3. Integrated supply chains are not without their cons

Supply chain is a huge pressure point for manufacturers and the entire value chain as we have seen over the past two years. The pandemic and incidents such as the Suez Canal blockage have completely broadened our perspectives on the types of events that can hamper the supply chain.

 

But the threats don’t end there.

 

The increasing interdependent relationships between manufacturers, customers and suppliers have led to greater integration between all parties alongside third-party logistics, IT, and financial service providers. With the enablement of digital technologies, an enormous amount of sensitive data is stored and transacted between parties. Once the network is compromised, there could be cyber-attacks against any (or every) stakeholder in the supply chain.

 

In addition, with an increasingly integrated supply chain, manufacturers’ reliance on suppliers to provide component parts or sub-systems underscores the importance of sourcing and quality control. This is because a defect in a small component could trigger a domino effect on the factory floor.

 

For more in-depth discussions, read these articles to examine the diverse internal risks and external risks that manufacturers face.

 

Uncertainty comes in many shapes and forms. I recommend thinking about exposures in a new way as you confront challenges that may not have existed in the past. With a broader view of risks, you can anticipate challenges better, seize opportunities faster, and emerge from setbacks stronger.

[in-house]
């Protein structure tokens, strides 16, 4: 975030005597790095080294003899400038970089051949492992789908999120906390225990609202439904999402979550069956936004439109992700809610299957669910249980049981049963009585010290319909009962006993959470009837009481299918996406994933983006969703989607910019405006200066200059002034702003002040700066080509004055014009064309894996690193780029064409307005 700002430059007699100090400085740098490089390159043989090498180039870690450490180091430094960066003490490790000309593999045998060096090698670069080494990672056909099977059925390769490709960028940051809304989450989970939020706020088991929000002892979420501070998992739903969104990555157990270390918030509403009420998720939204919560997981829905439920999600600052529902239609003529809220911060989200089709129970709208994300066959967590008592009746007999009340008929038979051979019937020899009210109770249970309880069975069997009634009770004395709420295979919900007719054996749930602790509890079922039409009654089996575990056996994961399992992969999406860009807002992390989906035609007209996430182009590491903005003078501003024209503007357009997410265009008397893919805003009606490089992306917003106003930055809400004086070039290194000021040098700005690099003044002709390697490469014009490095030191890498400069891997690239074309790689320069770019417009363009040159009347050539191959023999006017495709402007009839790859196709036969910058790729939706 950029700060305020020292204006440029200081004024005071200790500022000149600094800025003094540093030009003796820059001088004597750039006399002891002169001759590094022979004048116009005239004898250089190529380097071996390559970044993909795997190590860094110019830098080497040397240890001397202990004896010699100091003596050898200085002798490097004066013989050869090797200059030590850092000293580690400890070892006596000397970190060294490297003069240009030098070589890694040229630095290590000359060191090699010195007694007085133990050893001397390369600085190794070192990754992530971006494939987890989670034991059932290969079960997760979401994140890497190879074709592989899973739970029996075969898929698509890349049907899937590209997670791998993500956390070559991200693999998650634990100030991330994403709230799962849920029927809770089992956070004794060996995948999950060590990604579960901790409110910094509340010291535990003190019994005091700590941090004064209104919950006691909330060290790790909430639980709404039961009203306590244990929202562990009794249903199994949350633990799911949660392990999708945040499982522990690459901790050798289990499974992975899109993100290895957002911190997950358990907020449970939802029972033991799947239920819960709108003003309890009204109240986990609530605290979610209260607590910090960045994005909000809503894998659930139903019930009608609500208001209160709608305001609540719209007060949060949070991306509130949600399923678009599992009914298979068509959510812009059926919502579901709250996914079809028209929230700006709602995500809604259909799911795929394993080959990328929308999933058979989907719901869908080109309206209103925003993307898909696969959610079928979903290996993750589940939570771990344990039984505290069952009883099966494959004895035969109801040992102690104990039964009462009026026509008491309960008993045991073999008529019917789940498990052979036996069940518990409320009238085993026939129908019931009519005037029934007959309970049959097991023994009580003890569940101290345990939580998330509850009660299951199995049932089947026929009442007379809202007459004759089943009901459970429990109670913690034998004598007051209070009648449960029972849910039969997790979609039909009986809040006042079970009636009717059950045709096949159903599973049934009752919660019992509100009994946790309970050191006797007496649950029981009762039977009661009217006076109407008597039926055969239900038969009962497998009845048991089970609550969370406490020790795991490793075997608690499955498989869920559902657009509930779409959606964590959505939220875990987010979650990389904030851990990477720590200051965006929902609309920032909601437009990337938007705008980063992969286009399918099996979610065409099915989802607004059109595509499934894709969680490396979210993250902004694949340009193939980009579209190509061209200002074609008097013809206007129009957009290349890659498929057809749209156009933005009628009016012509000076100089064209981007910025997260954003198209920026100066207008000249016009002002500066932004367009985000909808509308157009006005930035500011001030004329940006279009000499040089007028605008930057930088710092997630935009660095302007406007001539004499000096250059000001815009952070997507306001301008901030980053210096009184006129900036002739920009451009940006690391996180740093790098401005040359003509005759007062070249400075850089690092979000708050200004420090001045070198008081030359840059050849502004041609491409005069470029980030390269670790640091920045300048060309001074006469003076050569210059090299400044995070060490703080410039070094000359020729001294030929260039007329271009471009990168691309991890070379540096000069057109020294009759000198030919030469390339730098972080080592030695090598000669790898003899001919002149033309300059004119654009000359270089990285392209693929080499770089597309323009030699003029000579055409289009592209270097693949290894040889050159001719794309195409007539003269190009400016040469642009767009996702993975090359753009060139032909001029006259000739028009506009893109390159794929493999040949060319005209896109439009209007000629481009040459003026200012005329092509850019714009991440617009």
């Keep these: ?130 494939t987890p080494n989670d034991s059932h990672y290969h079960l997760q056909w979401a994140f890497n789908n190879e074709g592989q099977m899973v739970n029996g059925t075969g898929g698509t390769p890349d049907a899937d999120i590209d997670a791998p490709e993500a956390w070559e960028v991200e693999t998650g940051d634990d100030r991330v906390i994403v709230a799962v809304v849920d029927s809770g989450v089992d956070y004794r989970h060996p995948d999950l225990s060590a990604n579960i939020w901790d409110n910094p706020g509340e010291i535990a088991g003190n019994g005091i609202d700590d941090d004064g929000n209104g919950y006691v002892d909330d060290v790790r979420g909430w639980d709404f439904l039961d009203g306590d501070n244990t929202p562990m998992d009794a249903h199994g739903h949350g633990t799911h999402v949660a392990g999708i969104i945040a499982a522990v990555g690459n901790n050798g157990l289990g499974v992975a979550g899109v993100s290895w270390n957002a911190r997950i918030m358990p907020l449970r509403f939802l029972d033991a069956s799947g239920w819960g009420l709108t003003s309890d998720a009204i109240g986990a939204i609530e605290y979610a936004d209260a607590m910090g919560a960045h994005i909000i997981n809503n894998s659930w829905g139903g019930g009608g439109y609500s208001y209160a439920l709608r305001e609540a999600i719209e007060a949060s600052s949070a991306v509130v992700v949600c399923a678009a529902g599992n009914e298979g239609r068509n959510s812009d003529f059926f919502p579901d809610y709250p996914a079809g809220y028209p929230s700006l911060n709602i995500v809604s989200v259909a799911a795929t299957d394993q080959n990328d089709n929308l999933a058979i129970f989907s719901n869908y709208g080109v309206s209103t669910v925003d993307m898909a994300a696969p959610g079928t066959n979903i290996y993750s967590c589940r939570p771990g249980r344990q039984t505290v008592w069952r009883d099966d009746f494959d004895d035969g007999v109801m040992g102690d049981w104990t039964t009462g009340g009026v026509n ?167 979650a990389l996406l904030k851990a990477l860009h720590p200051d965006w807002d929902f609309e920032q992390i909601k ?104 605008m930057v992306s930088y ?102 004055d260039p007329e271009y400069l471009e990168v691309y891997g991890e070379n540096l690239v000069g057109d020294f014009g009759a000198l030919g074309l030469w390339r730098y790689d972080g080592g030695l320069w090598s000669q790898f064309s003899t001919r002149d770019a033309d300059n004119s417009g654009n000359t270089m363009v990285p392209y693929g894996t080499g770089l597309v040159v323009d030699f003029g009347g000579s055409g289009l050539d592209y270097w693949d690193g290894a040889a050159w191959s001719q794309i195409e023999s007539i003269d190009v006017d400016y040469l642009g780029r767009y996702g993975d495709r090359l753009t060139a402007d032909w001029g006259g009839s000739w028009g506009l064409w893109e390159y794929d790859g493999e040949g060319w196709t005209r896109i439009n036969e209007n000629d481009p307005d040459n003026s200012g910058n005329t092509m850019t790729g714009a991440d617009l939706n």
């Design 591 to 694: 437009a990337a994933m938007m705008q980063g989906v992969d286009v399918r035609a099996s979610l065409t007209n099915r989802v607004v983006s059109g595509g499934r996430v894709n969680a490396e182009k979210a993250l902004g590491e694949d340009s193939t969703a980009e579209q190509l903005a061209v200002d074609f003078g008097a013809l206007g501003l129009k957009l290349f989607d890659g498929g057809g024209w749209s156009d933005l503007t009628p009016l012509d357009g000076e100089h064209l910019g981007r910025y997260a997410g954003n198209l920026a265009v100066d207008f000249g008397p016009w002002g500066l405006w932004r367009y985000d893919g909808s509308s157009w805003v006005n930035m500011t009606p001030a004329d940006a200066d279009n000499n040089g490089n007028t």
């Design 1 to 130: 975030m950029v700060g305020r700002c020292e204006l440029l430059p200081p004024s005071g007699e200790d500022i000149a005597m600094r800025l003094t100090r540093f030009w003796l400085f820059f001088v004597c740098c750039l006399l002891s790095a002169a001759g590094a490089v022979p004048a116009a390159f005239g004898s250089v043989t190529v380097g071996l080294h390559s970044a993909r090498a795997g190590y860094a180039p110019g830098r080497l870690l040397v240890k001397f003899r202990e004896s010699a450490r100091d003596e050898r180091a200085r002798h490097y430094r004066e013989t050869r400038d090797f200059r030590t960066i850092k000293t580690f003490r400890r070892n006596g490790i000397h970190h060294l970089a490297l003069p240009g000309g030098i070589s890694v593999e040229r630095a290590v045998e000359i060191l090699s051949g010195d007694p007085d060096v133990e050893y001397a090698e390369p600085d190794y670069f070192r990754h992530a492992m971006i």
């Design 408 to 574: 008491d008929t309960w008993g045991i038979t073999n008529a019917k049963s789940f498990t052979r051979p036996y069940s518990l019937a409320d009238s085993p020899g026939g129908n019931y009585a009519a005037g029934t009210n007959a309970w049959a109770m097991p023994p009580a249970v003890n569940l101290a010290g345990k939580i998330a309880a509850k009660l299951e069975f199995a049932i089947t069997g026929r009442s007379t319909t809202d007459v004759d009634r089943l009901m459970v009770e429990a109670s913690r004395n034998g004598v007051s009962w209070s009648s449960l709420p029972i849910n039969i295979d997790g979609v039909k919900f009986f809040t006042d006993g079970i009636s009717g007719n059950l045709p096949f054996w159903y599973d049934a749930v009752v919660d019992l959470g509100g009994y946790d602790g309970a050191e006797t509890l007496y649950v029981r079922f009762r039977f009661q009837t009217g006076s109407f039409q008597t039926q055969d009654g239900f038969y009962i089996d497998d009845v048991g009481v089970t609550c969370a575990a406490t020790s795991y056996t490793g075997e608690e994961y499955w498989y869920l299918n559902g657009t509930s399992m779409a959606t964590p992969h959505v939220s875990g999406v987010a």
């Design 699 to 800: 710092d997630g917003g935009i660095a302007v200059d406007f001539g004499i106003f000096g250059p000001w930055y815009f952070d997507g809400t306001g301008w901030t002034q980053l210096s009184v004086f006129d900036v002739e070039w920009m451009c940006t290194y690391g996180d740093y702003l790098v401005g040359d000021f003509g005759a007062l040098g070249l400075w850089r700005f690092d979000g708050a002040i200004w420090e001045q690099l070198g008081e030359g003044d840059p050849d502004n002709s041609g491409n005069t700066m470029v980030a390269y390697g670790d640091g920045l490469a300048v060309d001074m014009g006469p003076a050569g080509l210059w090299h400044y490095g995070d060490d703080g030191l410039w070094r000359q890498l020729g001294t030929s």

Modern challenges require modern solutions

At Chubb, we have deep knowledge of the industry’s complex risks and are well-positioned to proactively help manufacturers of all sizes navigate and thrive in tomorrow’s world of uncertainty.

 

That’s why we introduced Chubb Assembly - a package policy tailored to help manufacturers become safer and stronger.

 

An industry first, Chubb Assembly provides integrated insurance coverage to address unique exposures – both traditional and emerging - facing manufacturers like yourself. It also offers scalable enhancements and modular solutions to help build your business’ resilience at scale, so you can free up resources to realise the full benefits of Industry 4.0.

 

Where to start

All of that said, don’t leave yourself open to missed opportunities. One of the many tangible building blocks for a resilient future is to involve risk specialists, identify and manage your exposures early.

 

A solution that includes:

  • knowledgeable risk engineering services;
  • broad cyber insurance;
  • errors & omissions coverage that close the gaps inherently found in traditional insurance programmes; and
  • protection against any bodily injury or property damage claims that stem from product failure;

can help address a risk event if one occurs and, more importantly, prevent one from happening in the first place.

© 2021 Chubb. All rights reserved.

No part of this article may be reproduced in any written, electronic, recording, or printed form without written permission of Chubb.

Disclaimer - The content of the above article is not intended to constitute professional advice. Although all content is believed to be accurate, Chubb Insurance Singapore Limited (Chubb) makes no warranty or guarantee about the accuracy, completeness, or adequacy of the content of this article. Users relying on any content do so at their own risk.